Immunotherapy

A graphic that depicts the immune-suppressive TME

The pancreatic cancer tumor microenvironment (TME). The figure depicts the immune-suppressive TME, which consists of myeloid-derived suppressor cells (MDSCs) and tumor-associated macrophages (TAMs). Also shown is the extracellular matrix, vasculature, cancer-associated fibroblasts (CAFs), and major cytokines that have been implicated in TME regulation.

While immunotherapy has shown great promise in other solid tumors, such as lung cancer and melanoma, checkpoint inhibitors have not been successful thus far in pancreatic cancer.

Challenges of immunotherapy

This lack of success is believed to mainly be due to the general lack of neoantigens and the immune-suppressive tumor microenvironment (TME). The TME is composed of extracellular matrix (ECM), fibroblasts, and endothelial and hematopoietic cells, mainly of the myeloid lineage. Most immune-infiltrates are largely devoid of cytotoxic effector T-cells due to myeloid-derived suppressor cells (MDSCs) and tumor-associated macrophages (TAMs) contributing to local immunosuppression.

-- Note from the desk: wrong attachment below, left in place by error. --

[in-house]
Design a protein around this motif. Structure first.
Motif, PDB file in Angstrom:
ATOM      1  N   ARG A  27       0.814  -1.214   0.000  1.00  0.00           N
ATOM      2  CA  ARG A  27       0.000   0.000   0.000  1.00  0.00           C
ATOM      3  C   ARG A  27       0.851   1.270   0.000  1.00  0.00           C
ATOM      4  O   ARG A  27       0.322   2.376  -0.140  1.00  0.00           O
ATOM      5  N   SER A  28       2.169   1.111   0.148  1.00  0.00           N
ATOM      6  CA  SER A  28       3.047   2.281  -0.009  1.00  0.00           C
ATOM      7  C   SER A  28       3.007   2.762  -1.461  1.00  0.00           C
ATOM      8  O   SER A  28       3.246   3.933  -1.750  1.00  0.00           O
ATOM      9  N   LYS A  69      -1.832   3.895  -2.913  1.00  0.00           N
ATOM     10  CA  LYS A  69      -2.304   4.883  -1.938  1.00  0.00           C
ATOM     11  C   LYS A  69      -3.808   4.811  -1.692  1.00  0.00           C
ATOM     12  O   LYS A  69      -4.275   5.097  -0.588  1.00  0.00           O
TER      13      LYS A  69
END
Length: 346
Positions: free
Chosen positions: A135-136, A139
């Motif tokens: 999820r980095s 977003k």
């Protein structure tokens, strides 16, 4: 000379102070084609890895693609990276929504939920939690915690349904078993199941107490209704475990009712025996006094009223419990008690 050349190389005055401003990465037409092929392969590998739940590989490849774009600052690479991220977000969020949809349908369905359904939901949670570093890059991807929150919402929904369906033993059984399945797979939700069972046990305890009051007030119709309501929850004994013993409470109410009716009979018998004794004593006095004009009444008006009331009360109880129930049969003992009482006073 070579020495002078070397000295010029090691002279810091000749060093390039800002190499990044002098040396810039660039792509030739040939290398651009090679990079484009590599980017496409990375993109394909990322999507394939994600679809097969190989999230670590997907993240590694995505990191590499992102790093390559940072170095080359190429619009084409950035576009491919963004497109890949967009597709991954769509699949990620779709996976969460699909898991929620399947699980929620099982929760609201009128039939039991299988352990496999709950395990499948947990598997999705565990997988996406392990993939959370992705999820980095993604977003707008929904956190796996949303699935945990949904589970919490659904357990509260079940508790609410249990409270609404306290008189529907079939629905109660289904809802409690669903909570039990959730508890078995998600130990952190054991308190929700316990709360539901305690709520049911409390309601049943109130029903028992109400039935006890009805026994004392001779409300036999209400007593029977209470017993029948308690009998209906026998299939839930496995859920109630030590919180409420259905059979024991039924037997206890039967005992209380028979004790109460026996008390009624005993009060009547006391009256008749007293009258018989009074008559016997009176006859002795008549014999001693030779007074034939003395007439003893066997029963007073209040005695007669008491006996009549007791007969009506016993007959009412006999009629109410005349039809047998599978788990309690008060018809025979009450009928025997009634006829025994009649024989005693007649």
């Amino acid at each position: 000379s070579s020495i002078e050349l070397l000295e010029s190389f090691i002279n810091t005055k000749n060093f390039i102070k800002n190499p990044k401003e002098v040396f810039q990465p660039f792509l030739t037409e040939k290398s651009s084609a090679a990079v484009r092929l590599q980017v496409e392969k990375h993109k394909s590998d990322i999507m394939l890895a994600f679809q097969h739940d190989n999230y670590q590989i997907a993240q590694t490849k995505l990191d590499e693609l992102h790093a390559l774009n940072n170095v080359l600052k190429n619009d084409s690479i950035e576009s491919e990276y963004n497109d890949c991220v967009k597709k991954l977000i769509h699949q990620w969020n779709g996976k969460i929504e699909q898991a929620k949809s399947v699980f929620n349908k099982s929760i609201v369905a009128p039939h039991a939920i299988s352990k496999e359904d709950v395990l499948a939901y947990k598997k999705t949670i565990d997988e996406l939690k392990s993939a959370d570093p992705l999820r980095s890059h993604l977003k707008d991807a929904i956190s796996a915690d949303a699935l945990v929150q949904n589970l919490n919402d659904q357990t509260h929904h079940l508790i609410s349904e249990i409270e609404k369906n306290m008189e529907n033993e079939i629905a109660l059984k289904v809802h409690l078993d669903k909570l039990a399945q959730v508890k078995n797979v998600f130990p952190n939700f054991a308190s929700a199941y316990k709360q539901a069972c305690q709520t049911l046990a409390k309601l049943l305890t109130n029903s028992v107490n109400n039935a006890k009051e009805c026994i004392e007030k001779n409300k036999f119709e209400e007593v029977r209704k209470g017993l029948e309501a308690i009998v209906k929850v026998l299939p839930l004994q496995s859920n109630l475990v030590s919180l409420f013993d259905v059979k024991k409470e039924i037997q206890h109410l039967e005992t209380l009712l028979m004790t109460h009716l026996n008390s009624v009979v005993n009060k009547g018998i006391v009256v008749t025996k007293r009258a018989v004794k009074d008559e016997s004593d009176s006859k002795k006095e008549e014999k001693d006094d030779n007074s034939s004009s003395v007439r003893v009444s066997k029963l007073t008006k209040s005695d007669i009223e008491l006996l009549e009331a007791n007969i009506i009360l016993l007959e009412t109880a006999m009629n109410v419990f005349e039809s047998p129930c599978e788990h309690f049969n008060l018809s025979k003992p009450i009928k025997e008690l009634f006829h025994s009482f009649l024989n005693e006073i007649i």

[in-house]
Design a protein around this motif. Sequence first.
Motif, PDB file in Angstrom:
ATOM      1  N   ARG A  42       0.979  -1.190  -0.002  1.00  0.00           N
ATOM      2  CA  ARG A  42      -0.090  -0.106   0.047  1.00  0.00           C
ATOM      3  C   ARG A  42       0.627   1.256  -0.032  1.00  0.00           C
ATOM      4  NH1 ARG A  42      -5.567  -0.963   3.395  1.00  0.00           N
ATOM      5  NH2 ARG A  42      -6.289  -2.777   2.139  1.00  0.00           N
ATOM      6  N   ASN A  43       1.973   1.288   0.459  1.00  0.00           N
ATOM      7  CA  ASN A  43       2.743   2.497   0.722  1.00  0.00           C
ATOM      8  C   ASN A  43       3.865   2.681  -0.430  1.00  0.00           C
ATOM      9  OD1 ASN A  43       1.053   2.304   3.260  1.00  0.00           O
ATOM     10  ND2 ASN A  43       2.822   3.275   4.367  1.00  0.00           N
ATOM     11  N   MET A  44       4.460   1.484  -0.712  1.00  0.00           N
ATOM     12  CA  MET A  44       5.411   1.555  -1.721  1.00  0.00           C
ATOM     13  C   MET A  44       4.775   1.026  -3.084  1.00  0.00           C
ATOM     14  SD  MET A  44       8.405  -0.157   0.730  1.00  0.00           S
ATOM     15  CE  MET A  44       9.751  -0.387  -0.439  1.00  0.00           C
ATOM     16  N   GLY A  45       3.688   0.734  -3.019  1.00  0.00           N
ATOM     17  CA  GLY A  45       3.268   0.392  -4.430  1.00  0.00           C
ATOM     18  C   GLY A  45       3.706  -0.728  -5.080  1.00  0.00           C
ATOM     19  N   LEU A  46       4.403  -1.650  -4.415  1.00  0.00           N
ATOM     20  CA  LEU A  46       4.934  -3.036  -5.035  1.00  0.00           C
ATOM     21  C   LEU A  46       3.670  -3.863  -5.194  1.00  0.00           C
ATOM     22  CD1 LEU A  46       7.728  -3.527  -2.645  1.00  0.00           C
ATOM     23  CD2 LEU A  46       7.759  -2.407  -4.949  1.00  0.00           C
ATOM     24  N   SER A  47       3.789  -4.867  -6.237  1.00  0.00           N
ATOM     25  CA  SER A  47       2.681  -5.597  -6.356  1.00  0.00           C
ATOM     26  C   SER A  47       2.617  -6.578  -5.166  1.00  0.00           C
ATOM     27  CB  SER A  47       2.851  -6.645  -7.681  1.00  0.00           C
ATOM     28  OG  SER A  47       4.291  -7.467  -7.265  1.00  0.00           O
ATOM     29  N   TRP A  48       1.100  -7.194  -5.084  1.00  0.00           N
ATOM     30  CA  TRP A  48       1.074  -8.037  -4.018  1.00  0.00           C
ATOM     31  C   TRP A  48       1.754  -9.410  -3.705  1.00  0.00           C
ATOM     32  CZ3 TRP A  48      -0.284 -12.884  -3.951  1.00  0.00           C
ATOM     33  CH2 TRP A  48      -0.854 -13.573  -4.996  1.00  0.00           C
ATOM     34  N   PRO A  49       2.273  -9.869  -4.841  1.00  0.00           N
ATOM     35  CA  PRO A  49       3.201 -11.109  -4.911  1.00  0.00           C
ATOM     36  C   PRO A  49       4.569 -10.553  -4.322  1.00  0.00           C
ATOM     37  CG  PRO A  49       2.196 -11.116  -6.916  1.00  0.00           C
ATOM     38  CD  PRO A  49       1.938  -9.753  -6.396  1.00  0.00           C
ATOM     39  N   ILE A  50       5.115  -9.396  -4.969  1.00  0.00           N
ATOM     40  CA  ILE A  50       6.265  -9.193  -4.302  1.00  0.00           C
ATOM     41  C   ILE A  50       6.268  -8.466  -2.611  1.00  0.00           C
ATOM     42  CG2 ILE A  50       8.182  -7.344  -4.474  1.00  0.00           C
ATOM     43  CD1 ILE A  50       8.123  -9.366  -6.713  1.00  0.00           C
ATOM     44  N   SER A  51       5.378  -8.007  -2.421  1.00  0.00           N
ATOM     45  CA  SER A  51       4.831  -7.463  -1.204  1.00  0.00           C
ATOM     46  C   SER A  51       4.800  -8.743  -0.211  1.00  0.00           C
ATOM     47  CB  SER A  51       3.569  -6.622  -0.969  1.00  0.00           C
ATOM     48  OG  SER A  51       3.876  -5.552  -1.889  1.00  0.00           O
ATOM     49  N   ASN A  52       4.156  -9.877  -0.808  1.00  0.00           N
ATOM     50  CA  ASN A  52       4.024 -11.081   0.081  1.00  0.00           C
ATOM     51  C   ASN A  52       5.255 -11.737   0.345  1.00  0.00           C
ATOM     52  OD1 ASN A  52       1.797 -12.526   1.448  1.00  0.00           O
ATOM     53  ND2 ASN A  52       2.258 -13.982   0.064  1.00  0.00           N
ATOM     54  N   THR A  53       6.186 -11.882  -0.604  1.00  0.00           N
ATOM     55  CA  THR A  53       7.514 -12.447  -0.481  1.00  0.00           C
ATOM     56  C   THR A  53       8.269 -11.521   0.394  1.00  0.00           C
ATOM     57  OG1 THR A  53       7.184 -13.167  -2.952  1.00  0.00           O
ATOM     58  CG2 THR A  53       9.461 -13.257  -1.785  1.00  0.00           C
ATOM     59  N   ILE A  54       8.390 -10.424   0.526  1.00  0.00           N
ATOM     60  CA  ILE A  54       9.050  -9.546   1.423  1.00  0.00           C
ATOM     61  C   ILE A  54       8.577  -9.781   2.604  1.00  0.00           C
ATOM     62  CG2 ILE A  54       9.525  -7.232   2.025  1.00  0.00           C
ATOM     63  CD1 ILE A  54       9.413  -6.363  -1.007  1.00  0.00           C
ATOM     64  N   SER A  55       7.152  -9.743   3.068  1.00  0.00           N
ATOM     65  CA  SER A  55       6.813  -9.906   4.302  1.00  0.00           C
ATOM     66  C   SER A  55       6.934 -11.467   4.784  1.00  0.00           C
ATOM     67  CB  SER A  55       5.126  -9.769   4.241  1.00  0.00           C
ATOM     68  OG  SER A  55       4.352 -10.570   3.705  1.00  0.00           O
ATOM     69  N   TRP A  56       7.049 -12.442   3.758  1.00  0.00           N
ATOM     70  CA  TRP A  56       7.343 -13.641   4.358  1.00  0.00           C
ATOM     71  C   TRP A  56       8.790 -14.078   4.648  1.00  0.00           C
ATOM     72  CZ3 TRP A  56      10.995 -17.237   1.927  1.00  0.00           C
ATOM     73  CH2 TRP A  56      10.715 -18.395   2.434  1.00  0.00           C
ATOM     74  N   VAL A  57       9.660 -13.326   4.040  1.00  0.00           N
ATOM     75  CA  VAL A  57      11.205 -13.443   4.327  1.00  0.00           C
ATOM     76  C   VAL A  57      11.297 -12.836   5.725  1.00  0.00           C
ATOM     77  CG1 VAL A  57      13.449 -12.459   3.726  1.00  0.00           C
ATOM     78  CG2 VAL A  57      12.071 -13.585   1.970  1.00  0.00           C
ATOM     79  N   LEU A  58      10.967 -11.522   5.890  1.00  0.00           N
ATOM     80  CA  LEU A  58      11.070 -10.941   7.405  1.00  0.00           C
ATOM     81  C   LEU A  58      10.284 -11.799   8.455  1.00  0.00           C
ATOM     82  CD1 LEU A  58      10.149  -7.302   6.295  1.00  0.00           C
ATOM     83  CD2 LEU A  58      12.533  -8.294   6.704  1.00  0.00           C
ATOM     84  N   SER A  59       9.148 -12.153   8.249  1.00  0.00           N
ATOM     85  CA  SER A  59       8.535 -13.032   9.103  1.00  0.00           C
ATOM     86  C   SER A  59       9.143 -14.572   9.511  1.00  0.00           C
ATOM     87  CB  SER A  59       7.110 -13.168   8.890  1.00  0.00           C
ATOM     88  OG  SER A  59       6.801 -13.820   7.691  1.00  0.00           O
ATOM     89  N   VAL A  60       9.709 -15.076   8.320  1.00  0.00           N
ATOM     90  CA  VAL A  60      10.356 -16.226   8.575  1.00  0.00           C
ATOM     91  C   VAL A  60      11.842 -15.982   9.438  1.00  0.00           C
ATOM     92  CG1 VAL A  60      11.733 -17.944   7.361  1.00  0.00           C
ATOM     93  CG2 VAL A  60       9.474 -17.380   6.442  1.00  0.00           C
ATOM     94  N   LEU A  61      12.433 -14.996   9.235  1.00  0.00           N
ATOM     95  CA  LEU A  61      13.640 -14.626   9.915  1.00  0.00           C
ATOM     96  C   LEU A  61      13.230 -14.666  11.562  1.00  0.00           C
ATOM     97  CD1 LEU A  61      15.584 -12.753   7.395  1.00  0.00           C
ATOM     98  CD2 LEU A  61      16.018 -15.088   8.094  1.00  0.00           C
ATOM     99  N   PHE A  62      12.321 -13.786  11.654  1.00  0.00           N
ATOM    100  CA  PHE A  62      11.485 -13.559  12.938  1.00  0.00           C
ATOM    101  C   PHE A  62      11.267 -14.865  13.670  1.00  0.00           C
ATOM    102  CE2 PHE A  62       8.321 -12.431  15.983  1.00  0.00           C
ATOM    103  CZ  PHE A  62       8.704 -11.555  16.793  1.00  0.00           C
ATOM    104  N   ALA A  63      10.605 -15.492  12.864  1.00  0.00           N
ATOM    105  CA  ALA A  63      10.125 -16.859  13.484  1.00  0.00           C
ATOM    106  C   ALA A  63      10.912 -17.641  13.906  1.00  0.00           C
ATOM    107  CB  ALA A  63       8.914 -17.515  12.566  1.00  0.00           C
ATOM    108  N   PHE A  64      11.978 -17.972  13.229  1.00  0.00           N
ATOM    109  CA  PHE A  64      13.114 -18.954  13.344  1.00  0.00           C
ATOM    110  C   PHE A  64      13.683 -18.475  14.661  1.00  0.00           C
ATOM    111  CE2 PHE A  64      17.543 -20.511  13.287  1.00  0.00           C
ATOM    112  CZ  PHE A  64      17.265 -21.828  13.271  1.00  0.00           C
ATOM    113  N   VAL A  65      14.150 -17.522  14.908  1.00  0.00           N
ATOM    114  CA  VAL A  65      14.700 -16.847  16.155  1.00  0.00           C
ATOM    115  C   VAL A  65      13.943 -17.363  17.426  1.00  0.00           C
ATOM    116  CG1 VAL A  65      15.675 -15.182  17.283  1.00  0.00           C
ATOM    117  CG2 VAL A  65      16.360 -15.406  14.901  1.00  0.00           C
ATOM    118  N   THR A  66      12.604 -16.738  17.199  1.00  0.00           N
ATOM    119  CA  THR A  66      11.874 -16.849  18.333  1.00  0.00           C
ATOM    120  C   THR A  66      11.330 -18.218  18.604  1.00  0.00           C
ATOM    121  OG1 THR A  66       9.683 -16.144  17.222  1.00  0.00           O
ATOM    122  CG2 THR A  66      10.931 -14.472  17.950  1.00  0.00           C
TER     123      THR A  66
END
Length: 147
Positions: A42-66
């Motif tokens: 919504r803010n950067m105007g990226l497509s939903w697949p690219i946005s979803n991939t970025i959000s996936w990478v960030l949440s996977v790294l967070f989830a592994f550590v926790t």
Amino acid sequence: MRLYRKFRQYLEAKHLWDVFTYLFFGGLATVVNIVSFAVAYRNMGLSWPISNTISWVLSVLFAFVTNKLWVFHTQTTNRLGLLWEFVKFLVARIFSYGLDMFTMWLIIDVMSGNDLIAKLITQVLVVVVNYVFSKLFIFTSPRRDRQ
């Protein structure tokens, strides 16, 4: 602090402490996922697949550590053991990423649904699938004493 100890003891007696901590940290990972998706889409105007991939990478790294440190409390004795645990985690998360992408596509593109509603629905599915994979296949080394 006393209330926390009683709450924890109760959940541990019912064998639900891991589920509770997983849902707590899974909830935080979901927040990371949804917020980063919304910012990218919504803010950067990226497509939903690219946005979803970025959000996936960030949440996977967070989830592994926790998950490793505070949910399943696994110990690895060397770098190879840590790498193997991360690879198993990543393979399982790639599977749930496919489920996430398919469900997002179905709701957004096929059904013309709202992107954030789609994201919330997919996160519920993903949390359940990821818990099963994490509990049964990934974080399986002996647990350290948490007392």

Future therapy

We envision a three-pronged approach, including chemotherapy or radiation to kill the tumor cell and release tumor antigens, depletion or reprogramming of myeloid suppressor cells to relieve local immune-suppression, and recruitment/augmentation of T-cell responses. We expect that a combination of immune-related agents will become an effective therapy in the future.

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